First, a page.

The characteristics of the participants are presented in the Table. There were 4254 participants (7.5%) who used aspirin daily. Microscopic hematuria was identified in 3517 participants (6.2%) by means of urine microscopy. Use of low-dose aspirin was not significantly associated with hematuria: prevalence was 6.1% (258 of 4254) in aspirin users and 6.2% (3259 of 52 378) in nonusers (P = .71). Aspirin use also did not influence the degree of hematuria. The prevalence of microscopic hematuria increased with age (20-29 years, 4.1%; 30-39 years, 5.0%; 40-49 years, 5.9%; 50-59 years, 6.6%; 60-69 years, 7.8%; and ≥70 years, 9.1%; P < .001). After adjustment for other factors using multivariate logistic regression, aspirin use did not increase the risk of microscopic hematuria (odds ratio, 1.0 [95% CI, 0.9-1.2]; P = .79). Female sex, older age, chronic renal failure, and current smoking significantly increased the odds of having microscopic hematuria, whereas diabetes mellitus decreased the risk (eTable).
Of those who did not have hematuria at baseline, 9199 (17.3%) underwent at least 1 follow-up screening at a median (range) of 13 (4-64) months after initial screening. At the second screening, the incidence of microscopic hematuria in these participants was 4.4% (27 of 614) in aspirin users and 4.1% (348 of 8585) in nonusers (P = .67).
Among 1619 participants with microscopic hematuria at baseline who underwent a second urinalysis within 12 months, 911 (56.3%) showed persistent microscopic hematuria; these rates were not different between aspirin users (60.6% [57 of 94]) and nonusers (56.0% [854 of 1525]; P = .39).
In a large study of asymptomatic persons, we found no association of low-dose aspirin use with microscopic hematuria in either cross-sectional or longitudinal analyses. Previously, 1 study suggested that low-dose aspirin use does not increase risk of hematuria; however, it was a small study including only 69 patients.7 Our results suggest that clinicians should use the same approach to evaluation of the causes of microscopic hematuria in persons using low-dose aspirin as in those who are not taking aspirin.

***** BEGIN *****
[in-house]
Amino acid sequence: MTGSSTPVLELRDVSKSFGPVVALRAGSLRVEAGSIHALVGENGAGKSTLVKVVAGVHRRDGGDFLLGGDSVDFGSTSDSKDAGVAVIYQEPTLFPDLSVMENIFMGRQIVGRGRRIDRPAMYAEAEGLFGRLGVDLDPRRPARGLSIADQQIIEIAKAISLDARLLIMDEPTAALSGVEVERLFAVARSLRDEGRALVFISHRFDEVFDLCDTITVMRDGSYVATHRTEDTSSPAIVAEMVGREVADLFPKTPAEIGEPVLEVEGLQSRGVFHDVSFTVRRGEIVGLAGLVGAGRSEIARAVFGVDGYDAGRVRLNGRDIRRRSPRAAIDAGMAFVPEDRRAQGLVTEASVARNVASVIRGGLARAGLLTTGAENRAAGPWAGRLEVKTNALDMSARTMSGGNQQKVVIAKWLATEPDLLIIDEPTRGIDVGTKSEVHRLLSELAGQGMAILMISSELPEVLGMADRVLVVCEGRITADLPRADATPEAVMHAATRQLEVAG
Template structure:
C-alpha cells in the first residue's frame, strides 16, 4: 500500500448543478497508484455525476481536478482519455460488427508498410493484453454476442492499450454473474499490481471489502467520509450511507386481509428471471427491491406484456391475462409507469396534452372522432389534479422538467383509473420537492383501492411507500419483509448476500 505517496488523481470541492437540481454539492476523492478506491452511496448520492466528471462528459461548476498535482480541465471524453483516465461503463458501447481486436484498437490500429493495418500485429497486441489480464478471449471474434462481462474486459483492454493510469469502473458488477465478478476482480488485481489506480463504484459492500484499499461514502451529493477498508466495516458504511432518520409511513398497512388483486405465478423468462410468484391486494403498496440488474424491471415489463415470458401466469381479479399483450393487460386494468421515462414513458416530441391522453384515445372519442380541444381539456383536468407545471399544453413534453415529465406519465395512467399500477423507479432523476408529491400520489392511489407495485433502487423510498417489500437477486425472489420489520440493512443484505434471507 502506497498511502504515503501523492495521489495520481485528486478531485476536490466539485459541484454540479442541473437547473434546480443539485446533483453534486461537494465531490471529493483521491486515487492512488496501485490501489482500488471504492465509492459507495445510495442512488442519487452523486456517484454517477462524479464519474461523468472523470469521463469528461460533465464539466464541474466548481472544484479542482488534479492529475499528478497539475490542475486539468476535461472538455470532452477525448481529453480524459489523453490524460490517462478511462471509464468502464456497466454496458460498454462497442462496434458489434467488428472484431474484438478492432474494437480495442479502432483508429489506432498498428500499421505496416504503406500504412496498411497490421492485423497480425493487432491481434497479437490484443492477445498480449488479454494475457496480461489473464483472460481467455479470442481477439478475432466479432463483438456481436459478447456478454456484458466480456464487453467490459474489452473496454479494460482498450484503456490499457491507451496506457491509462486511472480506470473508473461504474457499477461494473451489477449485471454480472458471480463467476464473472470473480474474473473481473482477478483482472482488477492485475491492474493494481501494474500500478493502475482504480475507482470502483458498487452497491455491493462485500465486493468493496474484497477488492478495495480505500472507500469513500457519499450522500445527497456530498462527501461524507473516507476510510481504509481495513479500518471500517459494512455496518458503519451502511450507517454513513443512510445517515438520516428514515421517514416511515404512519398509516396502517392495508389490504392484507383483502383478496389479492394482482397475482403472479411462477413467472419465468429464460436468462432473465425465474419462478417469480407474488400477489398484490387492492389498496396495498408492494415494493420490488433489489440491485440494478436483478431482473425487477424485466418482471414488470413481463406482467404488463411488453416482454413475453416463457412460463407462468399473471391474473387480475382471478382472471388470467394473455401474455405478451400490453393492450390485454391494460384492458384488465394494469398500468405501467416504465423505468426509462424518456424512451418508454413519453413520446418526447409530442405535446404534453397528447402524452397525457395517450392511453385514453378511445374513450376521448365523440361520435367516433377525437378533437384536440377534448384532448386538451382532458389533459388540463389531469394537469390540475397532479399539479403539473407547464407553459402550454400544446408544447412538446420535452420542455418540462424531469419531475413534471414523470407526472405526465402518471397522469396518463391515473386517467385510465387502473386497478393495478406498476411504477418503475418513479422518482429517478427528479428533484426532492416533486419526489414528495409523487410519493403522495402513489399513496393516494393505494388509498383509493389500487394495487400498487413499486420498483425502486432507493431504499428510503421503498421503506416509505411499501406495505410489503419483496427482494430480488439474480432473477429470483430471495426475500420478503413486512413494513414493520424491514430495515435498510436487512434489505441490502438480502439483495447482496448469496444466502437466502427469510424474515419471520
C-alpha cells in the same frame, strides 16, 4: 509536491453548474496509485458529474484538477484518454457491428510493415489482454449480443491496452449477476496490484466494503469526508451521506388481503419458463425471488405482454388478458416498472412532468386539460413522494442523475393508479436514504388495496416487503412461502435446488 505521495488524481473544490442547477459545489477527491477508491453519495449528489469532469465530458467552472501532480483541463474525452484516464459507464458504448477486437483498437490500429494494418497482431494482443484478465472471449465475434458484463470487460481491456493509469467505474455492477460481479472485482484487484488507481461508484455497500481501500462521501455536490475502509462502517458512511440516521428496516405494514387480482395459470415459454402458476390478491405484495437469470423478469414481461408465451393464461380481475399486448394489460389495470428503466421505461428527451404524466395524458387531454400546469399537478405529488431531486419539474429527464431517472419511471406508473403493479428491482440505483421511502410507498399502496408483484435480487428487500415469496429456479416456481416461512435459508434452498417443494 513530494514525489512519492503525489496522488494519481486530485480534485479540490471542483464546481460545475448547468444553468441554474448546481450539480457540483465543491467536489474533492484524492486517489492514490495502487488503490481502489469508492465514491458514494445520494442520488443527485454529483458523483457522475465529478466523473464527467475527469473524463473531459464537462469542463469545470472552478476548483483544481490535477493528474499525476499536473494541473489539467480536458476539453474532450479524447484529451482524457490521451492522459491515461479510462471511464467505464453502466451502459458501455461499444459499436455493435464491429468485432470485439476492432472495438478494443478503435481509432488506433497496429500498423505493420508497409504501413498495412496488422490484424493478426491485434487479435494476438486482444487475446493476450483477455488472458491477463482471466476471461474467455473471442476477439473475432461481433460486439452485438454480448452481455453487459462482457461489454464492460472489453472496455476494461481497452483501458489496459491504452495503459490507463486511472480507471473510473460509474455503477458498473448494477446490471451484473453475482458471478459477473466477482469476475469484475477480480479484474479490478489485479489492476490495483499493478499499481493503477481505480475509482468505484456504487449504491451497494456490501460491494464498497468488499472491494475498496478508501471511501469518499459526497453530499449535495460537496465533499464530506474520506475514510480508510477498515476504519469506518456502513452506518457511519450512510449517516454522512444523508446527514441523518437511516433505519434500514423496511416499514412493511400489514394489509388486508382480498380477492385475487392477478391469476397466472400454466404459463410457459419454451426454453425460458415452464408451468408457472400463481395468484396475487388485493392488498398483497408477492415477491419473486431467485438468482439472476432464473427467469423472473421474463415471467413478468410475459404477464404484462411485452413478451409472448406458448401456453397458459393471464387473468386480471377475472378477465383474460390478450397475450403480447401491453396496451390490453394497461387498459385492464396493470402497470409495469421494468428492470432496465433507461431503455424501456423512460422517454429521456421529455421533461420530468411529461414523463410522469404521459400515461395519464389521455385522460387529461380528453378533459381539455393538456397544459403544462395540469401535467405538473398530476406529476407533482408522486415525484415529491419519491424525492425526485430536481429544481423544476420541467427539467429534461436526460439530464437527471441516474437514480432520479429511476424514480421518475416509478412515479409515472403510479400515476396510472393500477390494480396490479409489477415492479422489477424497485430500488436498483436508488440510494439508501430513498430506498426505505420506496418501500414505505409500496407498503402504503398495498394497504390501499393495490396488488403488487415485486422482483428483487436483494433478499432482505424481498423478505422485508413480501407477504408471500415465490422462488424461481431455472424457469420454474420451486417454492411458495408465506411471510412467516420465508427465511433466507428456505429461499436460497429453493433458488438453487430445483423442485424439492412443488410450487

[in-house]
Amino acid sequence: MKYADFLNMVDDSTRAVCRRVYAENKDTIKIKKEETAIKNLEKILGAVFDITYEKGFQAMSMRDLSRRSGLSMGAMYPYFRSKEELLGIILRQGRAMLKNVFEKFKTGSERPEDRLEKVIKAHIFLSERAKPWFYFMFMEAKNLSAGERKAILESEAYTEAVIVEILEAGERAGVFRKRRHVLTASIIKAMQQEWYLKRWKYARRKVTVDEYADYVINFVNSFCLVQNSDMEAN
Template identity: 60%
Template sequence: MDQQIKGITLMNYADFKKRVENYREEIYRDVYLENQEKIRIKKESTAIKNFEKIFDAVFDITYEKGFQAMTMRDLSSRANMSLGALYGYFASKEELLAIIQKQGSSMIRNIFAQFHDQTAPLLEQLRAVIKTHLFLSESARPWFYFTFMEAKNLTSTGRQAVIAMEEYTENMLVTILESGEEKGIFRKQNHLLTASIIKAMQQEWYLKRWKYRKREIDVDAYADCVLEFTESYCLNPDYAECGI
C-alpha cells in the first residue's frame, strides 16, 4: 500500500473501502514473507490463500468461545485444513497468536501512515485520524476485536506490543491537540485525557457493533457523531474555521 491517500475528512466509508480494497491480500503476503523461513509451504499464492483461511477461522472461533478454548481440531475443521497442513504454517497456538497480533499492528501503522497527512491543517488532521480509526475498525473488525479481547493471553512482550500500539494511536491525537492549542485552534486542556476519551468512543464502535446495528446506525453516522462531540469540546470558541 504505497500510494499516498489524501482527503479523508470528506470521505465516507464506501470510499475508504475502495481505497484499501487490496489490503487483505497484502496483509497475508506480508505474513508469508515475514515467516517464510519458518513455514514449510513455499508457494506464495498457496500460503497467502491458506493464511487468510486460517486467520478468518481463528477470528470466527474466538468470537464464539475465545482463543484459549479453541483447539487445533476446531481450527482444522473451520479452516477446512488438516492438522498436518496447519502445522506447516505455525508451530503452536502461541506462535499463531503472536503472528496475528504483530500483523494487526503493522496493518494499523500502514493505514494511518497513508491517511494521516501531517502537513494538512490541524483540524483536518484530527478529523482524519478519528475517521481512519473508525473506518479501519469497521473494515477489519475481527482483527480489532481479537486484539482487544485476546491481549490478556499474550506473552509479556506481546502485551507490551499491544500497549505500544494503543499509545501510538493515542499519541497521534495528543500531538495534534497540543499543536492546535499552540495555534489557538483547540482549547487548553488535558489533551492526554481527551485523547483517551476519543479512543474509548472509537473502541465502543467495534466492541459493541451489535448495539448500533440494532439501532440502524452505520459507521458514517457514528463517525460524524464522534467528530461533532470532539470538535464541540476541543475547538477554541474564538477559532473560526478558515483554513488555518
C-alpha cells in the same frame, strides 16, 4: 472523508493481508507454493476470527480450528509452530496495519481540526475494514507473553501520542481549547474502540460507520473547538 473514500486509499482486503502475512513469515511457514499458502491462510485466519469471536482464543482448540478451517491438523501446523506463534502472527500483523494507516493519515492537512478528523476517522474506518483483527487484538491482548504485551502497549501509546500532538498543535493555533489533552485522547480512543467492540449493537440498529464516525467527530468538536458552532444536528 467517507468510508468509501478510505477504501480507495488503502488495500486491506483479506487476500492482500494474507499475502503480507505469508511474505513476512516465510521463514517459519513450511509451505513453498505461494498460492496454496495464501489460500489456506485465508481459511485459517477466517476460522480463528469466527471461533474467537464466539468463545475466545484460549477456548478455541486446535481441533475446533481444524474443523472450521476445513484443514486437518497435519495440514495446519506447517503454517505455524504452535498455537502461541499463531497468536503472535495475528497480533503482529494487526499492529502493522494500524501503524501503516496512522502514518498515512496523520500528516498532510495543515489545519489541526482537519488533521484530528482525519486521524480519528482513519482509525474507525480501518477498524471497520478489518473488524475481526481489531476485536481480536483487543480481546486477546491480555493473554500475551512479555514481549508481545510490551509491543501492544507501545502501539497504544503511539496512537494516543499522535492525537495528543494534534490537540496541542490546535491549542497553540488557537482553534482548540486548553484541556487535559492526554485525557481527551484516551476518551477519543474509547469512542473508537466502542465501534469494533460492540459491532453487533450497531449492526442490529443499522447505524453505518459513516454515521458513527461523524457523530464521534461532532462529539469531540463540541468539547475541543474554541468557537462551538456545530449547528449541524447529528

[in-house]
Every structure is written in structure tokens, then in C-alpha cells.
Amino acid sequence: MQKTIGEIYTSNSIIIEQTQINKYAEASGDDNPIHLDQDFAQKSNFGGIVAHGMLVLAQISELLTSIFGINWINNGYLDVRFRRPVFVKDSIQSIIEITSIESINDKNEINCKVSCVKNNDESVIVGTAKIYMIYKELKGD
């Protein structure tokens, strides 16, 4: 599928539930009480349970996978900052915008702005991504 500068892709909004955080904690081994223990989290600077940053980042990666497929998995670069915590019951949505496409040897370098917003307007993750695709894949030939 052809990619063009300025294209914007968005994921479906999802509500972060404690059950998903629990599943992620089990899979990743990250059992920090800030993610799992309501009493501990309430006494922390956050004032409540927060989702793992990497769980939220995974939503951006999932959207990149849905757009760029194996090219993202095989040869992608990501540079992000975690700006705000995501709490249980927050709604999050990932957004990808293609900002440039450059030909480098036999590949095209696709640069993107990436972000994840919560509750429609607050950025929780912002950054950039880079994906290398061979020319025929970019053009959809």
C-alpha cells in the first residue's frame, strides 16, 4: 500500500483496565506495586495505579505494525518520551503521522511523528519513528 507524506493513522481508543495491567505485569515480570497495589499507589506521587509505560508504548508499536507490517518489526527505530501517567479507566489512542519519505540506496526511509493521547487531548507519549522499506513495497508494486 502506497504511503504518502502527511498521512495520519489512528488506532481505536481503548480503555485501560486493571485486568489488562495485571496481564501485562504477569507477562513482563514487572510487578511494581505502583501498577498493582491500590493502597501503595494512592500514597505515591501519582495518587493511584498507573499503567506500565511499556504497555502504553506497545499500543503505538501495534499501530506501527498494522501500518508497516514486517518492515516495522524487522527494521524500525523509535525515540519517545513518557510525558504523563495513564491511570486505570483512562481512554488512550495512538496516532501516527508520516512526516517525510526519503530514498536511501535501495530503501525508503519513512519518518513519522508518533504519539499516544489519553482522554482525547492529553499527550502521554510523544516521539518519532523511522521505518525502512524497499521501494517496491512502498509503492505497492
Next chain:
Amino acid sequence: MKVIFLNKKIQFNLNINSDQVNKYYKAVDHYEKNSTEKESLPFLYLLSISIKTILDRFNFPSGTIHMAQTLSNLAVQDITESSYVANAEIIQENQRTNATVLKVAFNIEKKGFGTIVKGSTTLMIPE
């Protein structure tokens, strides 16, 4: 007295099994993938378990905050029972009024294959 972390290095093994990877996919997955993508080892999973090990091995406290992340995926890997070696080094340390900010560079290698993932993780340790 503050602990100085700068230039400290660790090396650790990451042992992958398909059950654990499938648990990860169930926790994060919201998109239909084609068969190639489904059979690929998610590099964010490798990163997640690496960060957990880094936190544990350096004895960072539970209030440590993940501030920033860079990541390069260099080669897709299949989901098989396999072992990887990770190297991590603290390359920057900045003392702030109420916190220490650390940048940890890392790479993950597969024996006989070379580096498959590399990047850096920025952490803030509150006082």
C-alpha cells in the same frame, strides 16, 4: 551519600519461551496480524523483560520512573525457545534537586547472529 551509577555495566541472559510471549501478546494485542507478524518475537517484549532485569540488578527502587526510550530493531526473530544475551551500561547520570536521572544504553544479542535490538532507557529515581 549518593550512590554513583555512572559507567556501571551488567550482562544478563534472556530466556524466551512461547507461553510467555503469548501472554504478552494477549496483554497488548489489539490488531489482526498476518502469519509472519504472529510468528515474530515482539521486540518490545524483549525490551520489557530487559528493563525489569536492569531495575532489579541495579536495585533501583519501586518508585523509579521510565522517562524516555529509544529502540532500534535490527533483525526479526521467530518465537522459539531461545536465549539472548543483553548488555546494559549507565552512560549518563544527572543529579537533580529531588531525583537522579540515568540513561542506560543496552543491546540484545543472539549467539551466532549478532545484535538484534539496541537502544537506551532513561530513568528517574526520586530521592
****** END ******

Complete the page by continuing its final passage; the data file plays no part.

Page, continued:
Correspondence: Dr S. E. Lee, Department of Urology, Seoul National University Bundang Hospital, 82, Gumi-ro 173 Beon-gil, Bundang-gu, Seongnam-si, Gyeonggi-do, 463-707, Republic of Korea (firstname.lastname@example.org).
Published Online: April 22, 2013. doi:10.1001/jamainternmed.2013.567
Author Contributions: Dr S. E. Lee had full access to all the data in the study and takes responsibility for the integrity of the data and the accuracy of the data analysis. Study concept and design: Jeong and S. E. Lee. Acquisition of data: Jeong, S. Lee, Byun, and D. H. Lee. Analysis and interpretation of data: Jeong and S. Lee. Drafting of the manuscript: Jeong. Critical revision of the manuscript for important intellectual content: S. Lee, Byun, D. H. Lee, and S. E. Lee. Statistical analysis: Jeong and S. Lee. Administrative, technical, and material support: Byun. Study supervision: D. H. Lee and S. E. Lee.
Conflict of Interest Disclosures: None reported.
Additional Contributions: Soyeon Ahn, PhD (Medical Research Collaboration Center, Seoul National University Bundang Hospital), provided statistics consultation and support.